Last Tuesday, Governor Andrew Cuomo announced that the first phase of the Shirley Chisholm State Park, a 407-acre green space along the shores of Jamaica Bay, has been completed.
“Today we add another gem to our treasure trove of state parks, transforming what was once a blemish on the South Brooklyn community into exquisite open space,” Cuomo said in a statement.
The $20 million first phase provides ten miles of marked trails for hiking and biking. A pier along Pennsylvania Avenue can be used for picnicking, fishing and water access.
According to the state, environmental educators will offer programs for children who visit the state park. Bike New York will also form the Shirley Chisholm State Park Bike Library, offering free loaner bikes to visitors.
The state park is named after Chisholm, the first African-American congresswoman and the first black woman to run for president. Inside the park is a mural honoring Chisholm created by Brooklyn artist Danielle Mastrion.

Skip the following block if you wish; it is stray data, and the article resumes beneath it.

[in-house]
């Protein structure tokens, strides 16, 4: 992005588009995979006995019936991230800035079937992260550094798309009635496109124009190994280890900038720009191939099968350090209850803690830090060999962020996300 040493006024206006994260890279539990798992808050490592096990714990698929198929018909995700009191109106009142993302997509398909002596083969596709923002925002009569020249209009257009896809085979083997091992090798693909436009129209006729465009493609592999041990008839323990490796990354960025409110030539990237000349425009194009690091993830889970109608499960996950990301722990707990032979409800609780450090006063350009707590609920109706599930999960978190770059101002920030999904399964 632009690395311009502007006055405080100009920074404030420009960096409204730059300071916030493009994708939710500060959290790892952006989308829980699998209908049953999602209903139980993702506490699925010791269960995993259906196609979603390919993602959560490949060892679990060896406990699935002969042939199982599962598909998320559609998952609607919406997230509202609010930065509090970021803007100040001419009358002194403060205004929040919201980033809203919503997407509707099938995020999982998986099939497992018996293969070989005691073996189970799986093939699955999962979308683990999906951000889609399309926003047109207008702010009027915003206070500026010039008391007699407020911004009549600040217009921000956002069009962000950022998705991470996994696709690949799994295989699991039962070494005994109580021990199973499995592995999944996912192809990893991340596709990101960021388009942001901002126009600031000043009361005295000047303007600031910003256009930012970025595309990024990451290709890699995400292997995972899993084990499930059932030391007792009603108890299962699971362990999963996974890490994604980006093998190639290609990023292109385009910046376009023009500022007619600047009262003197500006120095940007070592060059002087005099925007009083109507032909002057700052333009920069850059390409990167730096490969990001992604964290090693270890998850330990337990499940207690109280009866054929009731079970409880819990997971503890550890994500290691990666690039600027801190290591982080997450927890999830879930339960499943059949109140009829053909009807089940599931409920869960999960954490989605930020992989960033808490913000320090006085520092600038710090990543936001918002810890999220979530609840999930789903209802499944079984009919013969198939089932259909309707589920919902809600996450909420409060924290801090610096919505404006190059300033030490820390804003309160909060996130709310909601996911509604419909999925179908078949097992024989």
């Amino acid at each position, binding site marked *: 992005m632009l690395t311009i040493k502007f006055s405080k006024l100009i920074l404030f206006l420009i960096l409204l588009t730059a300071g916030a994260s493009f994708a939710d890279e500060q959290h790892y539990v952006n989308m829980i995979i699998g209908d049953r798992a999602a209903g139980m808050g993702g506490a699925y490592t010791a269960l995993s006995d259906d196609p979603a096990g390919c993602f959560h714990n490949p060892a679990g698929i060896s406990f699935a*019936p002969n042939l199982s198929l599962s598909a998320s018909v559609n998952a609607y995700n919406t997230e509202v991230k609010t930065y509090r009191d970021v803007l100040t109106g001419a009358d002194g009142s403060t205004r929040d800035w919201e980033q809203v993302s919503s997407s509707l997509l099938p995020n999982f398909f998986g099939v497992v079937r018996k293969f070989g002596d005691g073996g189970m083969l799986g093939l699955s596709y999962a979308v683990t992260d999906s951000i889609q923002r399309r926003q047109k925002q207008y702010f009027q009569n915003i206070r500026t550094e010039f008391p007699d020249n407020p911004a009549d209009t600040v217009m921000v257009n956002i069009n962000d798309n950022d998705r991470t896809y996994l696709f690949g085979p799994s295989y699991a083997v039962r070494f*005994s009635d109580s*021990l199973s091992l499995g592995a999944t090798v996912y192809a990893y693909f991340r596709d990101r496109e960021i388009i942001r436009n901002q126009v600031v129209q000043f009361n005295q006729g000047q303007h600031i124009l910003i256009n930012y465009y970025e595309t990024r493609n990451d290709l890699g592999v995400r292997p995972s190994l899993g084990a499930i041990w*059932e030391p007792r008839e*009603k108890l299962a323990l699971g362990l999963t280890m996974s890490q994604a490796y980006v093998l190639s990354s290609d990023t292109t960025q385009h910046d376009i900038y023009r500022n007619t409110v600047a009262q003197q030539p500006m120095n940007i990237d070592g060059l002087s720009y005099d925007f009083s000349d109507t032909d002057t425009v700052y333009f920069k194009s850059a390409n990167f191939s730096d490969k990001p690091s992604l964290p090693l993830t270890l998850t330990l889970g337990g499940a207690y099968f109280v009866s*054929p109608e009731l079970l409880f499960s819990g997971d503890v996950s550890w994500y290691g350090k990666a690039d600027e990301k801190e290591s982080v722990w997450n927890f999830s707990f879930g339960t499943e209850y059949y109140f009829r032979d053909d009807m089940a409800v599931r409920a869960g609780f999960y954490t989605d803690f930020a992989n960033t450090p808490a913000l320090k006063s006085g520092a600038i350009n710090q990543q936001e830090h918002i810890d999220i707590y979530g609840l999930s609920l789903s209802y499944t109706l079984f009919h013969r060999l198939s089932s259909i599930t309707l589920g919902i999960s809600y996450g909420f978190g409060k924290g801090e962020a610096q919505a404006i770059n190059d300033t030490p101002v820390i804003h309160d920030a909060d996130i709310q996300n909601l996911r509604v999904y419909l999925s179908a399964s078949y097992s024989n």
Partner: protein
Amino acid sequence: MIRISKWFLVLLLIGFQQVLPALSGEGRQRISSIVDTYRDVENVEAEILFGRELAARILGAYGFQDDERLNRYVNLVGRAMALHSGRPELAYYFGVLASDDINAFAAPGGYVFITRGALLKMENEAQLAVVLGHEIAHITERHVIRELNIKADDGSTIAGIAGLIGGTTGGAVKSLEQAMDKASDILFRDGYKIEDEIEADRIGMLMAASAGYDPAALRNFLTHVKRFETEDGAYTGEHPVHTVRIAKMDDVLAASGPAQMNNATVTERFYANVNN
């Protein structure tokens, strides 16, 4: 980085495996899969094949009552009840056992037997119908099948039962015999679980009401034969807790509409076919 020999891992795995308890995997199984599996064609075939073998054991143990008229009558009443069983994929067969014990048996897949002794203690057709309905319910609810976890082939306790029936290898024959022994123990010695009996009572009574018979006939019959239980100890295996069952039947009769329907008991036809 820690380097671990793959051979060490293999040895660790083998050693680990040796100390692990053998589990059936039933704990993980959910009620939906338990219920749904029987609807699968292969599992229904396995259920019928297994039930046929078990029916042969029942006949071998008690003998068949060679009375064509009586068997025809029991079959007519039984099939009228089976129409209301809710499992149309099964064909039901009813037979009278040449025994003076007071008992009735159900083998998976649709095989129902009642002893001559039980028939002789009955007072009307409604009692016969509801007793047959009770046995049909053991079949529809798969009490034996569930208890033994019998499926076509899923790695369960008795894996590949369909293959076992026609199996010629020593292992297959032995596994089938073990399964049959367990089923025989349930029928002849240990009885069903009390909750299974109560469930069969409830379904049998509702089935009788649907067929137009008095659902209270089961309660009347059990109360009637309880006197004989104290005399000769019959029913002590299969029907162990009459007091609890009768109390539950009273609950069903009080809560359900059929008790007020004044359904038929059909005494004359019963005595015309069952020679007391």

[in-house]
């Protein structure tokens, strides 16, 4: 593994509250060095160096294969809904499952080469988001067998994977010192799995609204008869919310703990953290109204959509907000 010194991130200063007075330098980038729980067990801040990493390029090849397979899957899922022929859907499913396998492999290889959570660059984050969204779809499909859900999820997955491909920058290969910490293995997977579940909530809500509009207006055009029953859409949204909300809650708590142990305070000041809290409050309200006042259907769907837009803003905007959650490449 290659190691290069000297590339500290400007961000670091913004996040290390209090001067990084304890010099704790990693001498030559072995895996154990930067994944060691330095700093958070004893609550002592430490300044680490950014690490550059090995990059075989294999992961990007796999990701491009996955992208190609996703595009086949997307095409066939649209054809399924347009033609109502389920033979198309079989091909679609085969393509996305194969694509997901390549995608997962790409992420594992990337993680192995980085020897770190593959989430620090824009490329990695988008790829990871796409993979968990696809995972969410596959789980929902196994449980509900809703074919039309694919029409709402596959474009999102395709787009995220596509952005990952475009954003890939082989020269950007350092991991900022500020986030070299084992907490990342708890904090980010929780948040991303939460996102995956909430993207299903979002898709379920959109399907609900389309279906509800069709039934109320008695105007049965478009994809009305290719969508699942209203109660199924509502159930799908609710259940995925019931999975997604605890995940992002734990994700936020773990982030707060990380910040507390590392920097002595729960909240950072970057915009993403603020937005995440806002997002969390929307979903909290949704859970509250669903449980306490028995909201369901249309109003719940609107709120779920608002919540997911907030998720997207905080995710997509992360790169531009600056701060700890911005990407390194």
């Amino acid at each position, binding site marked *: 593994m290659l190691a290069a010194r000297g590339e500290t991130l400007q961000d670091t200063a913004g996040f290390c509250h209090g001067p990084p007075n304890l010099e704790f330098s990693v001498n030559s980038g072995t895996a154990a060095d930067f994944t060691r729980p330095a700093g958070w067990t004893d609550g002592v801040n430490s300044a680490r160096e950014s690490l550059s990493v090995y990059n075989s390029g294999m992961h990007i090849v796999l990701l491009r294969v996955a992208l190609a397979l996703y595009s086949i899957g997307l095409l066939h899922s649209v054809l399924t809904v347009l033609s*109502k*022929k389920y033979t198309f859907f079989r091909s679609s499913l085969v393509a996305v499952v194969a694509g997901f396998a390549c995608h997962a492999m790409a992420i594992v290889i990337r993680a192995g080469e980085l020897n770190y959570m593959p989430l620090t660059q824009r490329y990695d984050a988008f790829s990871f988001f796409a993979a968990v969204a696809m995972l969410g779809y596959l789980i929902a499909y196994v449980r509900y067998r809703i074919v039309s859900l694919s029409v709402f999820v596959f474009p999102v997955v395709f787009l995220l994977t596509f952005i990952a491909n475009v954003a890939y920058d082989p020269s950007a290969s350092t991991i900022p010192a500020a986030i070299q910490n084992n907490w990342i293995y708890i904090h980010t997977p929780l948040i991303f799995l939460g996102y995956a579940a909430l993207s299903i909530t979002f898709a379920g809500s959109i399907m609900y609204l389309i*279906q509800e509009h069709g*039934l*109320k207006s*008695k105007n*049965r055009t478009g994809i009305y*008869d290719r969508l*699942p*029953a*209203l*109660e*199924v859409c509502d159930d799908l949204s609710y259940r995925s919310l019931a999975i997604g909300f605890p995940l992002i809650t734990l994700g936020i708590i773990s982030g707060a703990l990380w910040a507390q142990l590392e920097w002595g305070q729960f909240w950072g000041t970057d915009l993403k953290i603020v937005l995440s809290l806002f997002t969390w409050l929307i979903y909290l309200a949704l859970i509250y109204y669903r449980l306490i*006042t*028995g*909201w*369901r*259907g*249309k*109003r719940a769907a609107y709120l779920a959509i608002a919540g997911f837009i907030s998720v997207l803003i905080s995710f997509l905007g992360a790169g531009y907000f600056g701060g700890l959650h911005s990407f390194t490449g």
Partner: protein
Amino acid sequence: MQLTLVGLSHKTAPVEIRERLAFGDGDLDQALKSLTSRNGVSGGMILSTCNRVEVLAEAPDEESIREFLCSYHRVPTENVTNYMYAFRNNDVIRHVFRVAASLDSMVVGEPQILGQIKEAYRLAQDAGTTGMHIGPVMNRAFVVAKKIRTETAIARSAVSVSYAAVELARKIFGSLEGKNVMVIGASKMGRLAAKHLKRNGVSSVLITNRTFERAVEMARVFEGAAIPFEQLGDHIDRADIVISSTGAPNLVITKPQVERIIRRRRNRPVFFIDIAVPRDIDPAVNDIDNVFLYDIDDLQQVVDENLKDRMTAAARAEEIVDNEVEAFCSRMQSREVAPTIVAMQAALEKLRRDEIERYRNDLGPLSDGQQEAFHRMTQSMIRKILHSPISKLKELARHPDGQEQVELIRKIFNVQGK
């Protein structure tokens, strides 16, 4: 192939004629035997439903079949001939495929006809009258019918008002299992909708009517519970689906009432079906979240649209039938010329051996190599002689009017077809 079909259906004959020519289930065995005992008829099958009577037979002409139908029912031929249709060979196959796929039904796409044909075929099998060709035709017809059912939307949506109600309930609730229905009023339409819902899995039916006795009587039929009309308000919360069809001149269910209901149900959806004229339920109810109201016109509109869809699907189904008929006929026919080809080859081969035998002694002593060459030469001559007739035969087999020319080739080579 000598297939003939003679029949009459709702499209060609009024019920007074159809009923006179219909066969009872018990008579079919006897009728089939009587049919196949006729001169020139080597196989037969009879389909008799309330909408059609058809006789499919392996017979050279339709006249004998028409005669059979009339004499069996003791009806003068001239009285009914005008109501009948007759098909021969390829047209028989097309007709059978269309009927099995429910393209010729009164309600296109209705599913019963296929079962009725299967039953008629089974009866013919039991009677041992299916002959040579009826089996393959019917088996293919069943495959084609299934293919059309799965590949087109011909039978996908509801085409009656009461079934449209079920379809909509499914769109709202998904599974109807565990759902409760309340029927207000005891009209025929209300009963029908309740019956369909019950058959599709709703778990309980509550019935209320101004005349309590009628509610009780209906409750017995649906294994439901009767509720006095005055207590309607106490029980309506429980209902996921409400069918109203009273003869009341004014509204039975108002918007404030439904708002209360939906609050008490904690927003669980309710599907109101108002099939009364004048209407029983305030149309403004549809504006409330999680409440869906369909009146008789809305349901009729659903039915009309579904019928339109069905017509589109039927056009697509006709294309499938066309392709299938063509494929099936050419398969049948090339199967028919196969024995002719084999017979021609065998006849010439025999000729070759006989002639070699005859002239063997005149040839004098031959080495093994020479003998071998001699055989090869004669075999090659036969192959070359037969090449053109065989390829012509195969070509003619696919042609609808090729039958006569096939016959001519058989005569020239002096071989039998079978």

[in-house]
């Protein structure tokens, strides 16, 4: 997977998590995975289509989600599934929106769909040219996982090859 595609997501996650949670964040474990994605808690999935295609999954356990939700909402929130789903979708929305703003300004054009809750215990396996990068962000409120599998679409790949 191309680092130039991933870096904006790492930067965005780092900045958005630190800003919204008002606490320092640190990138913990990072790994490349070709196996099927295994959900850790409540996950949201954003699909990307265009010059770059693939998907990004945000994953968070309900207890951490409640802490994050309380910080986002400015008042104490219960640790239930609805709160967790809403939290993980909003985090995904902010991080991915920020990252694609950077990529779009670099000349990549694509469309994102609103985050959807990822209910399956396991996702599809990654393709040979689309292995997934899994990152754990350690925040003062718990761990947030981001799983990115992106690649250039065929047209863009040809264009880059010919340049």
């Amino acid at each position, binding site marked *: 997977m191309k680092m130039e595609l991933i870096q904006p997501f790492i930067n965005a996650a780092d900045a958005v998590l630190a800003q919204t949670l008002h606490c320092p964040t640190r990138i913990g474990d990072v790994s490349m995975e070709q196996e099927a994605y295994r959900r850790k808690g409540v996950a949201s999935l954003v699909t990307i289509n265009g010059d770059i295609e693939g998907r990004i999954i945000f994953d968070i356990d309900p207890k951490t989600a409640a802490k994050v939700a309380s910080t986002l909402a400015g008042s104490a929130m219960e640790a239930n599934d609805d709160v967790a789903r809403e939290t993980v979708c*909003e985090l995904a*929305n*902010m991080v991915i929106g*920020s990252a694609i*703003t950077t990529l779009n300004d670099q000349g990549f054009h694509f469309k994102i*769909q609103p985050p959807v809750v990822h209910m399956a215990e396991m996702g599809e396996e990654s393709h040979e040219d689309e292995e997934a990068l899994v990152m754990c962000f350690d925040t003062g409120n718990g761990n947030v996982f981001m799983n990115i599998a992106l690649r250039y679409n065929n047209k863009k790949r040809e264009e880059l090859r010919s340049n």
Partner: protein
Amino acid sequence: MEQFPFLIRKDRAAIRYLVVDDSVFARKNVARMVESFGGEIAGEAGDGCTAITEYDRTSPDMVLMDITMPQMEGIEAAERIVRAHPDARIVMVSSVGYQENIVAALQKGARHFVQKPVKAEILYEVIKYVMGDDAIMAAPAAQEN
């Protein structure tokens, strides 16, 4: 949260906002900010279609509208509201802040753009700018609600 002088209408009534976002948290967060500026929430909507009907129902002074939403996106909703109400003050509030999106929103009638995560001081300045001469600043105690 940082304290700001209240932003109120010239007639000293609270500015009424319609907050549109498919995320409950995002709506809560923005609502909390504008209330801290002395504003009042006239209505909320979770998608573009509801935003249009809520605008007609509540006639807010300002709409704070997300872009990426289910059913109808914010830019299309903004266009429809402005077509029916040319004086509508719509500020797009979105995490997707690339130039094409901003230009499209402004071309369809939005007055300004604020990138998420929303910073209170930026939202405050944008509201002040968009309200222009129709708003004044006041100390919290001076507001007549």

“Shirley Chisholm fought to improve the health and wellness of underserved communities, a legacy we are carrying on through the Vital Brooklyn Initiative,” Cuomo said, “so we are proud to dedicate this park in memory of her leadership and accomplishments.”
The second phase of the project, also $20 million, is currently under design. That will add a new entrance to the park on Fountain Avenue, as well as lawn patios for community gatherings and performances and pop-up environmental education facilities.
That phase is scheduled to be completed in 2021.
According to the state Department of Environmental Conservation (DEC), the site of the park was once operated by the Department of Sanitation from 1956 to 1983. After the landfills closed, the city deeded the land to the National Park Service.
The Jamaica Bay-Rockaway Parks Conservancy then funded the conceptual plan to create a new park.
Under an agreement with the city and the National Park Service, New York State Parks is developing the 407-acre park with the Department of the Interior and city Department of Environmental Protection (DEP), which will continue to manage the former landfill infrastructure.
“No longer will we need to travel miles away to enjoy activities on the water,” State Senator Roxanne Persaud said in a statement. “We now have a state of the art park in our backyard.”